Bell's palsy

Last updated:

Reviewed by:

Dr Rhianna McClymont

, Lead GP at Livi

Medically reviewed

Bell's palsy is a condition that causes a temporary weakness or paralysis of the muscles in one side of your face. Usually, the weakness is temporary and starts to improve over some weeks. Discover the symptoms, causes and how it's treated.

What is Bell's palsy?

Bell's palsy is a condition where the muscles on one side of your face temporarily become weak or paralysed. This can make the affected side of your face look droopy or stiffened. Some people might also find it difficult to fully close their eye or their smile may look unbalanced.

If someone’s face droops on one side, they cannot lift up both their arms, or have difficulty speaking, this could be the sign of a stroke, so call 999 immediately.

How long does Bell's palsy last?

Bell's palsy is temporary, and a mild case of Bell’s palsy usually goes away within a few months. 

Some cases may be more severe, but according to the NHS, most people make a full recovery within 6-9 months. 

What causes Bell's palsy?

Doctors don’t know the exact cause of Bell's palsy. It's thought to be linked to an infection of the nerves that control your facial muscles. 

Viruses that may cause the condition include:

Certain factors can increase your chances of getting Bell's palsy, including:

  • Pregnancy – especially during the third trimester and the first week after giving birth

  • Diabetes

  • Upper respiratory infections, like flu

Bell's palsy symptoms

The main symptom of Bell's palsy is weakness or paralysis on one side of your face. This usually develops quickly over 72 hours. 

This can include:

  • Mild weakness to complete paralysis

  • A drooping eyelid

  • Drooping in the corner of your mouth

  • Difficulty smiling or closing your eye on the affected side

  • Drooling

  • Tears or sensitive/irritated eyes

You may also experience:

  • Dry mouth

  • Loss of taste

  • Ringing in your ears (tinnitus)

  • Difficulty eating, drinking or talking

  • Headache

  • Sensitivity to sound

How is Bell's palsy diagnosed?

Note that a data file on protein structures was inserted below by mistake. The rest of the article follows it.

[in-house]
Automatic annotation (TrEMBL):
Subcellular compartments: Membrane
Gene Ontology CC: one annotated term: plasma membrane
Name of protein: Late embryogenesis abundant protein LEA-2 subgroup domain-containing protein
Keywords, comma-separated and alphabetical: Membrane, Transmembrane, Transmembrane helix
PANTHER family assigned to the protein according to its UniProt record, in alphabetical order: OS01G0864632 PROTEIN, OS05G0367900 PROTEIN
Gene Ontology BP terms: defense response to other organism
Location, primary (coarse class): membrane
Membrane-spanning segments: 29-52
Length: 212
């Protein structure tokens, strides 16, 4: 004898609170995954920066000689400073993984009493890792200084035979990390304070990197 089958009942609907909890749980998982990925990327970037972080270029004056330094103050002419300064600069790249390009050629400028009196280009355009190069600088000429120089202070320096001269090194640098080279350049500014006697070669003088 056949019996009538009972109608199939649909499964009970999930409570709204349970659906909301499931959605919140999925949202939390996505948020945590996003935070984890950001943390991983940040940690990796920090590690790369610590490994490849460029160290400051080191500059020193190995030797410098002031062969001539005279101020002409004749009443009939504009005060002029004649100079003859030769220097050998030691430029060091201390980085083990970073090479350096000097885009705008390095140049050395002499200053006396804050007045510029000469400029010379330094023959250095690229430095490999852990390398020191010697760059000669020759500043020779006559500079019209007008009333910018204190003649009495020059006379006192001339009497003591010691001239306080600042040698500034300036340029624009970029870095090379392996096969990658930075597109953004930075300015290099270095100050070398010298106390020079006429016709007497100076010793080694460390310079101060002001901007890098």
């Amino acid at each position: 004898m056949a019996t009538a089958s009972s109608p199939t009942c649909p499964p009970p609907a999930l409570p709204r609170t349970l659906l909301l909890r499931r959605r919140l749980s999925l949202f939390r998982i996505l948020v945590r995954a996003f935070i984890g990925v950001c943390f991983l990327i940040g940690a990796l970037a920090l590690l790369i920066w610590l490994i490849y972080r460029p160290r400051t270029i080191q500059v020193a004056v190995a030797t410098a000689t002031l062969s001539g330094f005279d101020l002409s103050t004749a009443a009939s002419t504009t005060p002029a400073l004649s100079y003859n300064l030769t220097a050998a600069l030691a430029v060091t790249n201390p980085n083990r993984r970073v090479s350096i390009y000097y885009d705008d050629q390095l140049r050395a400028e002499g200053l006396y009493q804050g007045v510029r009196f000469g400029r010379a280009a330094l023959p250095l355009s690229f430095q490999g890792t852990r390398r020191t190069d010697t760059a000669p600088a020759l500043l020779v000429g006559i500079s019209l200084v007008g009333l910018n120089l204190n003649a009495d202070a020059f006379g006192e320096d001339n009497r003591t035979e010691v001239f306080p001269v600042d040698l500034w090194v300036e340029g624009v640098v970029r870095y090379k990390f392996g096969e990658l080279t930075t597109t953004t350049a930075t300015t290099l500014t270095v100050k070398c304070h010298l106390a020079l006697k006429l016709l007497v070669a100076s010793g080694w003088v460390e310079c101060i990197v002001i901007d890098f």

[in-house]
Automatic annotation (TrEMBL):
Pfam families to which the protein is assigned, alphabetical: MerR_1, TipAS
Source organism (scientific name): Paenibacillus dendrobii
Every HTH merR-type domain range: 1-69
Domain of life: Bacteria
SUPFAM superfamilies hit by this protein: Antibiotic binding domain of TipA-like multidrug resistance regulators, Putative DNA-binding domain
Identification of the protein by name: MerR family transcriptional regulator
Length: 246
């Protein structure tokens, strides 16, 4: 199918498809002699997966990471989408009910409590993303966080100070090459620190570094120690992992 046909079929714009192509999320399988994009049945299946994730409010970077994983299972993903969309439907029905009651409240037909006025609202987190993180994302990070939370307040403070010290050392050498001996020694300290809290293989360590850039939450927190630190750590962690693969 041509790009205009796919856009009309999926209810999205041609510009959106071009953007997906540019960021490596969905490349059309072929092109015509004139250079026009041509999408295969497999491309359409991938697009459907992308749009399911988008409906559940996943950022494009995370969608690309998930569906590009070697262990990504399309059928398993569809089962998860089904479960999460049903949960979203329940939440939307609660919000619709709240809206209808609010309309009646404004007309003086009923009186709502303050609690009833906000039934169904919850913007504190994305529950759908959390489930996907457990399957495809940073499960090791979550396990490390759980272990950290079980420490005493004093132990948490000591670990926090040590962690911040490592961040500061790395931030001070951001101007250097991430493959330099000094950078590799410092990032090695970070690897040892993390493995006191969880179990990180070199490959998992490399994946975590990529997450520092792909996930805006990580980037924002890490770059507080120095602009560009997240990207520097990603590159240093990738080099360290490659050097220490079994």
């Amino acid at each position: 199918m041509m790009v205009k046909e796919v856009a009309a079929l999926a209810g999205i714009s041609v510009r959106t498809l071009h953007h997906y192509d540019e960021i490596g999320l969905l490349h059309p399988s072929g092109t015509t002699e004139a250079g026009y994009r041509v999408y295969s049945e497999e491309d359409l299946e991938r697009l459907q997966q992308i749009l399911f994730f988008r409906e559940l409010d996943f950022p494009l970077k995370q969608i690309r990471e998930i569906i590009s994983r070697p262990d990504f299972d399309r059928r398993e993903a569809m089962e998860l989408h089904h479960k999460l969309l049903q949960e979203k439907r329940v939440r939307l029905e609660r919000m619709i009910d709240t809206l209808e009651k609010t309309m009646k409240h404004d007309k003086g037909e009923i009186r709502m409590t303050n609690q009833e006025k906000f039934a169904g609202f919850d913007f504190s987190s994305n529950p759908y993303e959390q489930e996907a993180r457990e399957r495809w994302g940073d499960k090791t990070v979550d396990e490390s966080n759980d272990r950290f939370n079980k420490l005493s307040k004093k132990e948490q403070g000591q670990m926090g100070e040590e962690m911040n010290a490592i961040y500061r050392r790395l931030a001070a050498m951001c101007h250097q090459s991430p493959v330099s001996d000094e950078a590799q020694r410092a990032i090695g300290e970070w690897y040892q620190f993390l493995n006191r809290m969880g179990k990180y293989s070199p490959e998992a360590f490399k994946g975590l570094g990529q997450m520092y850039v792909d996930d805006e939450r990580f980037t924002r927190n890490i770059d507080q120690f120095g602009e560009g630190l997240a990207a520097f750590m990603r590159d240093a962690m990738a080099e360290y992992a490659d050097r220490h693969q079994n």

Diagnosis for Bell's palsy starts with a physical examination of your symptoms. The doctor may ask you to move your facial muscles in different ways to determine the cause.

Bell's palsy is usually diagnosed by ruling out other possible conditions that could be causing the symptoms, like stroke. This might involve tests such as hearing and balance tests, CT scans and MRI scans.

How is Bell's palsy treated?

There's no cure for Bell's palsy but different treatments are available to help reduce symptoms. These include:

  • Corticosteroids – these help to reduce facial swelling. Treatment needs to begin within three days of your symptoms starting and generally needs to be taken for 10 days

  • Eye treatments – including ointments and drops to prevent the eye drying out and surgical tape to help close your eye at night

  • Physical therapy – working with a therapist to learn how to massage and exercise your facial muscles

  • Painkillers – over the counter painkillers like paracetamol and ibuprofen can help to reduce any pain

  • Alternative medicine – some people find acupuncture (where thin needles are used to stimulate nerves and muscles) helps improve the symptoms of Bell's palsy, although this isn't scientifically proven

When should I speak to a doctor about Bell’s palsy?

If you experience any of the signs of Bell's palsy, speak to a doctor as soon as possible, as treatment is more effective if it's started early.

A stroke doesn't cause Bell's palsy, but the symptoms can appear similar. If one side of your face suddenly droops, it can be a sign of a stroke, so call 999 immediately.

Living with Bell's palsy can affect your mental health, making you feel low, anxious, and depressed. If you experience a change in your mental health, talk to a doctor to see what support they can offer.


Last updated:
Reviewed by:
Lead GP at Livi Dr Rhianna McClymont
Dr Rhianna McClymont, Lead GP at Livi